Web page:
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MGB Roadster conversion

18519 Views 18 Replies 6 Participants Last post by  Rf 4.3
I'm now planning for my next Conversion, which is going to be a 1979 MGB Roadster. This is a rear wheel drive.

I wanted this to be a fast and high performance drive. I just bought a Remy HVH250. I'm close to getting a rinehart pm100dz. I'm planning to run it close to 500V.

I need your guidance on the reduction ratio for this setup. MG diff is 3.9:1. I read up few threads about 2 speed Powerglide trannies and I don't think it is a good idea to go for Powerglide tranny, as its final ratio is 1:1. I don't want to spend too much money on tranny/reduction

Miz, RobA, Duncan, and all other experts, please share your thoughts
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Wow, this will be fascinating! Good luck!

I know nothing other than what I've read here, but I have heard lots of rattling here about serious trouble with permanent magnet motors, heat being the big issue (for reasons that seem obvious to me). How is the Remy motor cooled?
Fascinating read about this on the motor forum- never seen these Remy motors before now. Appears that the highest output ones use active (forced) oil cooling, including flow between the rotor and stator if my brief scan of the thing was correct. Apparently they sell motors that are designed for 50% water/ethylene glycol (WEG) cooling which have sealed bearings, and oil lubricated + oil cooled units which give 40% higher heat dissipation performance because of the vastly greater surface area of cooling surfaces available when nonconductive oil is used as the coolant.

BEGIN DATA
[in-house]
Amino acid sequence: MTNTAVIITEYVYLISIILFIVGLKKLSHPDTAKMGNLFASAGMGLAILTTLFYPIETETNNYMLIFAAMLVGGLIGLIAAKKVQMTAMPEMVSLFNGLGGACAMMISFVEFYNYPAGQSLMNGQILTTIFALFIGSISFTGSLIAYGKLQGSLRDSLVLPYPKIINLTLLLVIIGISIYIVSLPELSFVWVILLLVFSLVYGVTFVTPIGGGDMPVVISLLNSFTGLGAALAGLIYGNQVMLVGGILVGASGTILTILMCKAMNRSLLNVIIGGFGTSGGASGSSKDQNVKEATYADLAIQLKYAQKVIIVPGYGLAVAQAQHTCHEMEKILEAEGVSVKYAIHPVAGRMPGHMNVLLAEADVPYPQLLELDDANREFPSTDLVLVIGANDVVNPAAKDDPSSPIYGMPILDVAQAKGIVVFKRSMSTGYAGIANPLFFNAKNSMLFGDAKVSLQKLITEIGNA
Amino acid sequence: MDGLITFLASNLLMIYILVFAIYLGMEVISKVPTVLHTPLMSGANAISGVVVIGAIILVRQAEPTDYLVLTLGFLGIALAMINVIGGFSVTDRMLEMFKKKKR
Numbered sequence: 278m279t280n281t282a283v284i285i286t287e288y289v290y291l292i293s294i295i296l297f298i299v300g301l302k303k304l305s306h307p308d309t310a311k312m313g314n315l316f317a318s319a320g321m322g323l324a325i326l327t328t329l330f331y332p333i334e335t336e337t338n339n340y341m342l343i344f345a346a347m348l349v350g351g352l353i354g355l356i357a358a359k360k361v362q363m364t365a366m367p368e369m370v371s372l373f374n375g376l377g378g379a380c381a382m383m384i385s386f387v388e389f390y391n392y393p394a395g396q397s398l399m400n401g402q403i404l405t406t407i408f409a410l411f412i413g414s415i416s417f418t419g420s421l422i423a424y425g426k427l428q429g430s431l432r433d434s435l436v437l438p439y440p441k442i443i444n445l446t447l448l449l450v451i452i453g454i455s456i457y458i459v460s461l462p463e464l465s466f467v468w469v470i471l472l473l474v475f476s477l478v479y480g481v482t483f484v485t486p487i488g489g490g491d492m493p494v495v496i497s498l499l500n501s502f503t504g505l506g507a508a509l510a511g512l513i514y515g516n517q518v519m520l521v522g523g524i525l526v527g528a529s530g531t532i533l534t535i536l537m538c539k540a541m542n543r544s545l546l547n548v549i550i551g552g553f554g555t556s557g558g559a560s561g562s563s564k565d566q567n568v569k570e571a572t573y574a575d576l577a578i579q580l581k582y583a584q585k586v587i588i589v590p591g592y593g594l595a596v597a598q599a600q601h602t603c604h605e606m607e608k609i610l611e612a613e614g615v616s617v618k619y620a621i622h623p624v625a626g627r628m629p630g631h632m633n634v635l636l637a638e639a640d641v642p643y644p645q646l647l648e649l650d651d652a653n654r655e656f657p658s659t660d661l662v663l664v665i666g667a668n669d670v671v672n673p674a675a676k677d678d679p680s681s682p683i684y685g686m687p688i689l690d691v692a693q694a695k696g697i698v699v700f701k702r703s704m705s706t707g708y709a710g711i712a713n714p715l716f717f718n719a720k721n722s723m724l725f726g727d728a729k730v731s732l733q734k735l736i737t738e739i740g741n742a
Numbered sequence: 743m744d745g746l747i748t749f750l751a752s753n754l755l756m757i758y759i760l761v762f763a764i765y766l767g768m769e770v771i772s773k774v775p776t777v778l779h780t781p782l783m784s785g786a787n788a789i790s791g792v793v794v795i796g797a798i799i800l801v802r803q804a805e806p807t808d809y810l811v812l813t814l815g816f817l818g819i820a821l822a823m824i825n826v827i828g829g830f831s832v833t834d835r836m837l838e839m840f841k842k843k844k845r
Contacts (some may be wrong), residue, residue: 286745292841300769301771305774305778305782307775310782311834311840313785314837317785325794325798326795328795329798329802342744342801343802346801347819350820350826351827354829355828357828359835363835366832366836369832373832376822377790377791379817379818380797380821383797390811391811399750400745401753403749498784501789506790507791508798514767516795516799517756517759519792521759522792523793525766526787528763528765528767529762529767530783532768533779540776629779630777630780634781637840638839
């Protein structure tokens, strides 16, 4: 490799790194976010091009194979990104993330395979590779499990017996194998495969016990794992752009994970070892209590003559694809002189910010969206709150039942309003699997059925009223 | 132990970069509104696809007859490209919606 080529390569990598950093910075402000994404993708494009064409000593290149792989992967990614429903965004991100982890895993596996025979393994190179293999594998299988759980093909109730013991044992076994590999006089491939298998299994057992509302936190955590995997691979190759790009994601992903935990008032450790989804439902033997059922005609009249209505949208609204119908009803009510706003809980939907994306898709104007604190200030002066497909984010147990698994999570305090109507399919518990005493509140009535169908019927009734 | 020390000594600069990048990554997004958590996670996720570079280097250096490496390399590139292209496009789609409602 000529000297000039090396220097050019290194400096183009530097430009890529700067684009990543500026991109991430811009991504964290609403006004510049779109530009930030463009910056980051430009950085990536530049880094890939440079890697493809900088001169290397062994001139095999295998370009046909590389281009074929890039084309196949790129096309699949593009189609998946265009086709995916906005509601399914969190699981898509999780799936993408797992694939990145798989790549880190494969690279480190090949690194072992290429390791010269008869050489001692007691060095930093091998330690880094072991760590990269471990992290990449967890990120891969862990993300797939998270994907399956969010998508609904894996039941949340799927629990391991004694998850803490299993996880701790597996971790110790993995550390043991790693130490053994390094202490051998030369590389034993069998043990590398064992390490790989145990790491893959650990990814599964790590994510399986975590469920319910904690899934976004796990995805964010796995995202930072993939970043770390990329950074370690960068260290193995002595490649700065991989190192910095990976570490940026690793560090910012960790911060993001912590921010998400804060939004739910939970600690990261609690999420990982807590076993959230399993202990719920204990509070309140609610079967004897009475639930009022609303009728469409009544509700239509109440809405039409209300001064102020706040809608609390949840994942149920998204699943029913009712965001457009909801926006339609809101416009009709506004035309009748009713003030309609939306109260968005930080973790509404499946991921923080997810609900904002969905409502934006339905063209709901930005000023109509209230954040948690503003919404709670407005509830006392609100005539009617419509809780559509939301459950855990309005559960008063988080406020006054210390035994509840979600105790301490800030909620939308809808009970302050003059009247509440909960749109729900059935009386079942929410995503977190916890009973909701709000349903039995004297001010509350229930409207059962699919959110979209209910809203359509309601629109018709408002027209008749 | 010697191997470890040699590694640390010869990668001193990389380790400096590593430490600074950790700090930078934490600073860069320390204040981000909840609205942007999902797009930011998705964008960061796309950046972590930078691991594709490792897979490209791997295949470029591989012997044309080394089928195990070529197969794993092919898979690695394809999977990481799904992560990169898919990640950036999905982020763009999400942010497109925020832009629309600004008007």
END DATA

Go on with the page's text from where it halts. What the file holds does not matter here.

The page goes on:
Which cooling system is your motor designed for? If it's one of the cartridge units and it's oil cooled, there's a whole lot of work required to integrate this into a housing, as the oil drains out of holes in the end of the motor cartridge...
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Beware- the motor may be happy to go 10,000 rpm long term, but your diff might not like that for long...bearings are usually designed for a range of surface speeds, and 10k RPM probably is well outside that range- ok for short bursts but not for steady highway trips. A custom gearbox might be ok with that.
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